This really is a rather special variety of cosmos, in a number of ways. First, the colour. Antiquity opens a rich burgundy red, with deep plum at the base of each petal. It then fades gracefully to shades of salmon, bronze and rose, like a beautiful antique tapestry. The flowers are daisy-like and open, so a real draw for bees, butterflies and other useful garden pollinators. Like all cosmos varieties, it's a real 'do-er', flowering on and on all summer, from June right into the colder months of November, and sometimes beyond. This is always helped with judicious and timely deadheading of the flowers – the more you deadhead, the more this cosmos will flower. At 60cm, Antiquity is also smaller than a lot of the other cosmos varieties so you won't need to stake it to keep it from flopping over in late summer. If you fancy planting the taller cosmos, there are plenty to choose from online, in a great selection of colours, too.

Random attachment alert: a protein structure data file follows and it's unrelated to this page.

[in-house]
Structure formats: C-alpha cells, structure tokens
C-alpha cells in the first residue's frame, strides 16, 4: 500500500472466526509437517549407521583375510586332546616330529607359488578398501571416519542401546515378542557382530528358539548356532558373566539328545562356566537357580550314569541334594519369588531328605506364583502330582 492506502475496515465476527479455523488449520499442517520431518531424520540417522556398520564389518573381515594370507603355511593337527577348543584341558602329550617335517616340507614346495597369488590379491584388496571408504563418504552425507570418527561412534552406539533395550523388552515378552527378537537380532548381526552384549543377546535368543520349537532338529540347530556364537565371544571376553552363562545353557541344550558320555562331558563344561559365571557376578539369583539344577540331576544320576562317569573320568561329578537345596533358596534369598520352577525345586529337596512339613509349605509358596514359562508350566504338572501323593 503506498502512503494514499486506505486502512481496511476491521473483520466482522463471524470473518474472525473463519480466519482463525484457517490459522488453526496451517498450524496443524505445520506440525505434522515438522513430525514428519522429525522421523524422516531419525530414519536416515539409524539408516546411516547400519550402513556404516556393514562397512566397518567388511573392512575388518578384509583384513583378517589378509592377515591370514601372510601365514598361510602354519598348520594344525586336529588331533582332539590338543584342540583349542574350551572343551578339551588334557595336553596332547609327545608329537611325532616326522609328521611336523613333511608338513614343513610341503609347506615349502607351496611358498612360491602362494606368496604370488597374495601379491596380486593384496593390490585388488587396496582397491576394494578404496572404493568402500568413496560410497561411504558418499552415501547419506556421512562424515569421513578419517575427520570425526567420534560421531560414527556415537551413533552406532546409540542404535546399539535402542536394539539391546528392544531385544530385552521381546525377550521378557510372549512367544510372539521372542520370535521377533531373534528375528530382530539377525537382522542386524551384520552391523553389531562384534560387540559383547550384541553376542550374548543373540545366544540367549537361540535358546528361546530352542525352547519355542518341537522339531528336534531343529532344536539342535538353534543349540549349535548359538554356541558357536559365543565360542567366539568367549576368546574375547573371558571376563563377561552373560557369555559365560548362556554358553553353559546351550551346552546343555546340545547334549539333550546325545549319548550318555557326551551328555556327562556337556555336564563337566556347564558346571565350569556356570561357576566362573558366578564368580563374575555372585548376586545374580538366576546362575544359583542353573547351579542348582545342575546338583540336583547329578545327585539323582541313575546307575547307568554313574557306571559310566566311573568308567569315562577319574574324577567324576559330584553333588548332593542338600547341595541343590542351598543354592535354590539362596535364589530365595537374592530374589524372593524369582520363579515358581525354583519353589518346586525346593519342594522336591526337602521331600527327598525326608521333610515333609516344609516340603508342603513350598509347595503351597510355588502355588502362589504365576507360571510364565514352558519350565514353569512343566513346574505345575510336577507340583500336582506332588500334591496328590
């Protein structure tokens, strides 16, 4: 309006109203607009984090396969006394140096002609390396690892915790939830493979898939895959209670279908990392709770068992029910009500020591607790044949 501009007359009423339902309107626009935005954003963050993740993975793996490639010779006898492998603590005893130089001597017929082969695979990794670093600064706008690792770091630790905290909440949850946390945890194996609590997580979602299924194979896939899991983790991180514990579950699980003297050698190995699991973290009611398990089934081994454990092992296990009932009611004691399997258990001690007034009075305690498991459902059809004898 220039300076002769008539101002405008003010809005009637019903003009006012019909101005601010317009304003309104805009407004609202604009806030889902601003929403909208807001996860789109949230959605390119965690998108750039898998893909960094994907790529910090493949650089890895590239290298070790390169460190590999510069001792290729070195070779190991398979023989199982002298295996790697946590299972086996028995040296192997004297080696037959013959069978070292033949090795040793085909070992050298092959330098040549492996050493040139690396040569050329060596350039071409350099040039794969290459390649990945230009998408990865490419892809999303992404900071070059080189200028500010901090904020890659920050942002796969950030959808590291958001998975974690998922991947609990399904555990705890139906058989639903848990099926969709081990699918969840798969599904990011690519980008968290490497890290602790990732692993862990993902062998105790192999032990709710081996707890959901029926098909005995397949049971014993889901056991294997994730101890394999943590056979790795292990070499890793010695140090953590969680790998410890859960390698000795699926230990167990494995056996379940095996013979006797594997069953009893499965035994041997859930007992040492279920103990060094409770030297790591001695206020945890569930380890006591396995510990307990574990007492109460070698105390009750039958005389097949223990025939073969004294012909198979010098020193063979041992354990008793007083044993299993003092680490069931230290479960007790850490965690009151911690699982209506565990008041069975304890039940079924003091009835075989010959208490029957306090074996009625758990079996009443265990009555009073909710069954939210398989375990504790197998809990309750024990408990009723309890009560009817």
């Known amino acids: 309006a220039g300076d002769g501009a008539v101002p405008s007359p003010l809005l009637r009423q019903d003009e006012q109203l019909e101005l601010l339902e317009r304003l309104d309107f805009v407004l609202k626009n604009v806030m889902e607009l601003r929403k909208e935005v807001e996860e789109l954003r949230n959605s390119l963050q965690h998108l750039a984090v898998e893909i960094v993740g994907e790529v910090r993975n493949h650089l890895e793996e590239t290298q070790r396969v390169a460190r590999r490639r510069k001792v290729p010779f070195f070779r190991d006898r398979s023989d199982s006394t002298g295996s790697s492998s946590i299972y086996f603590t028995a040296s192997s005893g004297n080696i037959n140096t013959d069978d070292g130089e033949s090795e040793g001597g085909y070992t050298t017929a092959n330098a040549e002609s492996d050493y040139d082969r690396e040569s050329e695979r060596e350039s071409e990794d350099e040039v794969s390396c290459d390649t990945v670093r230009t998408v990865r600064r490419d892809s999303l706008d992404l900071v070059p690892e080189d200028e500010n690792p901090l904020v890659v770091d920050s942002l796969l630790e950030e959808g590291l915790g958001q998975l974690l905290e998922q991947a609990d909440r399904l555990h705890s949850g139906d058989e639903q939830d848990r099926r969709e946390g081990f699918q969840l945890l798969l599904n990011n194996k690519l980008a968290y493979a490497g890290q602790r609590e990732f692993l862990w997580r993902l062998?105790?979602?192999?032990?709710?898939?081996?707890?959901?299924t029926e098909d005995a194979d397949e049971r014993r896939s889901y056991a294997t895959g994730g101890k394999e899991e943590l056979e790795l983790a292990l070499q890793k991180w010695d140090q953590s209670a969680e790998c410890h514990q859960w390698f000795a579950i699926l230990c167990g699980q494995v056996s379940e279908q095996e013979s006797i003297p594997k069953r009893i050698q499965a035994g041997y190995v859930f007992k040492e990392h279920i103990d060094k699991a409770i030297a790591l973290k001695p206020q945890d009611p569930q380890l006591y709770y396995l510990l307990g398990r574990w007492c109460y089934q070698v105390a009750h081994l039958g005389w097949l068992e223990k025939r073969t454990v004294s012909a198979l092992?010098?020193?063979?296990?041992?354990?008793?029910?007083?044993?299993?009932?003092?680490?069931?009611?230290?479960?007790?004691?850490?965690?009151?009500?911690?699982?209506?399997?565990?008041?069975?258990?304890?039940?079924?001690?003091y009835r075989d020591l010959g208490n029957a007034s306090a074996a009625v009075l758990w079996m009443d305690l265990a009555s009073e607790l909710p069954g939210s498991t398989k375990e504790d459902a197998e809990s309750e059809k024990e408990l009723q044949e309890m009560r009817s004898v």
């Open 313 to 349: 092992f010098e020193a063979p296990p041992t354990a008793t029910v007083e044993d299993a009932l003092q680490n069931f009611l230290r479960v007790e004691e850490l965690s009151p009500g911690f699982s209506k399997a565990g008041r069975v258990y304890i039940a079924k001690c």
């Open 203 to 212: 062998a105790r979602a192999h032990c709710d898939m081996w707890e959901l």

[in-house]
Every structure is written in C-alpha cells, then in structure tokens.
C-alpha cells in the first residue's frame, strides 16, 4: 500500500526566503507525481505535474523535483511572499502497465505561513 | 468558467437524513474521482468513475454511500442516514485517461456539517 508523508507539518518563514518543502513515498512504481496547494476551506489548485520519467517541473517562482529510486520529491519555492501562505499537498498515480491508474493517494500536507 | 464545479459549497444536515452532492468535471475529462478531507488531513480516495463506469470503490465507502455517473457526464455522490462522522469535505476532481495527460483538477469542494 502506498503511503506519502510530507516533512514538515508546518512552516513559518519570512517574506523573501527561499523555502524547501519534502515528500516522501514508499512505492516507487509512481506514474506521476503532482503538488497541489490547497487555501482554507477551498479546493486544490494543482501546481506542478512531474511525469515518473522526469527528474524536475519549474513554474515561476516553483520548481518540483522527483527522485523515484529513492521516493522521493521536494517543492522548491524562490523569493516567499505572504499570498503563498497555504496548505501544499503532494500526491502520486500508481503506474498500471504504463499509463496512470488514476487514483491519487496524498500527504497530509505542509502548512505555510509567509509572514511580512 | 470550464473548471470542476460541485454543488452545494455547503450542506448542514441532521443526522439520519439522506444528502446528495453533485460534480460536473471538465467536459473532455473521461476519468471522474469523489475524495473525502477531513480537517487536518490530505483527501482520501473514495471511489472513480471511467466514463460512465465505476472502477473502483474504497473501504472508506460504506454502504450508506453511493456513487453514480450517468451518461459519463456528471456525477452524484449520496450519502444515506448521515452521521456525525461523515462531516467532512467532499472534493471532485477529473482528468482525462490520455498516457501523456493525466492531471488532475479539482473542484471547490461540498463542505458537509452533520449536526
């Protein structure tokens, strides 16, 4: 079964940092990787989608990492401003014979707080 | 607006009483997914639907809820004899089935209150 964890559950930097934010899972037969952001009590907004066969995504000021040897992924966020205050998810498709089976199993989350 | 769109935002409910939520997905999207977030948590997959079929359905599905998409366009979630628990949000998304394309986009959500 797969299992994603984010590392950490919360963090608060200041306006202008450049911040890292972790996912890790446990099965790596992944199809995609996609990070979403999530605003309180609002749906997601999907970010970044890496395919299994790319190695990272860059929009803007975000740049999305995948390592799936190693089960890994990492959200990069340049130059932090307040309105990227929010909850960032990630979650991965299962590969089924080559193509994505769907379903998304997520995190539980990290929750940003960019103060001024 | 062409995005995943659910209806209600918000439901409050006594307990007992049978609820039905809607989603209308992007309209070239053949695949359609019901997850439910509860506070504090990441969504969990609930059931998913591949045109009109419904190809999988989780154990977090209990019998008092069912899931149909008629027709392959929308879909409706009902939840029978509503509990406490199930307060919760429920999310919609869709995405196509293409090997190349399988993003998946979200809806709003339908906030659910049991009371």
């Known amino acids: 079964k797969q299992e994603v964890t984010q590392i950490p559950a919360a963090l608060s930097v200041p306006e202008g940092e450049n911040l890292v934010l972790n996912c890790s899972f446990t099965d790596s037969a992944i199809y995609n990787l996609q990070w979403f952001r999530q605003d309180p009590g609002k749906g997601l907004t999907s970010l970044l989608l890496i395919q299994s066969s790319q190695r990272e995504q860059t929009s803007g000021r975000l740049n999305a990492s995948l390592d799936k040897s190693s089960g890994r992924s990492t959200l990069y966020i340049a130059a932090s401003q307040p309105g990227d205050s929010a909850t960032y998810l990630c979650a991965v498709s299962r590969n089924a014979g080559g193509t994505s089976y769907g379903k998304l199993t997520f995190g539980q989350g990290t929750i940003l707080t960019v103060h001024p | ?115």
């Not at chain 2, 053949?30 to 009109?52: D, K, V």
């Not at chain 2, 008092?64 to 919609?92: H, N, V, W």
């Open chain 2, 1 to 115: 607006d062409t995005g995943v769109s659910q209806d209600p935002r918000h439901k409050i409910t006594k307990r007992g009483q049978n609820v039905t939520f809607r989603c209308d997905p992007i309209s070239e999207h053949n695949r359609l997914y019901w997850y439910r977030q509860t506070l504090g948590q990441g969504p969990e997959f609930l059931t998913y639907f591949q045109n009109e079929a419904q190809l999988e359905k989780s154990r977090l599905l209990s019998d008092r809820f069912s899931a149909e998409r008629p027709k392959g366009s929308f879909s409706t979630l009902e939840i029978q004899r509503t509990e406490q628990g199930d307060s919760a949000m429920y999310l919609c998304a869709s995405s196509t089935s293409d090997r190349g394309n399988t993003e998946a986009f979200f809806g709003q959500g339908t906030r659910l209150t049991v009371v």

If you've fallen for the charms of Antiquity, then the best place to plant is at the front of a sunny border, or in pots - again, in the sun. And wait a little while before you plant them out if your seedlings are mini, or you may find they fall prey to slugs and snails if they're not sturdy enough to cope with a nibble or two. Create drifts of colour by planting Antiquity in bold groups – 5, 7 or 9 at a time, ideally – or drift in and out with other, slightly taller varieties of Cosmos, such as Sonata White, a lovely pure white contrast to Antiquity's subtle shades. Its faded colours would tone beautifully in a big terracotta pot, underplanted with some burgundy heucheras perhaps, with dark-leaved cannas or dahlias for height.
Cosmos are sometimes known at Mexican asters, as they're originally from Mexico, where they grow as perennials. They're not hardy enough for that here, so we grow them as annuals in the UK.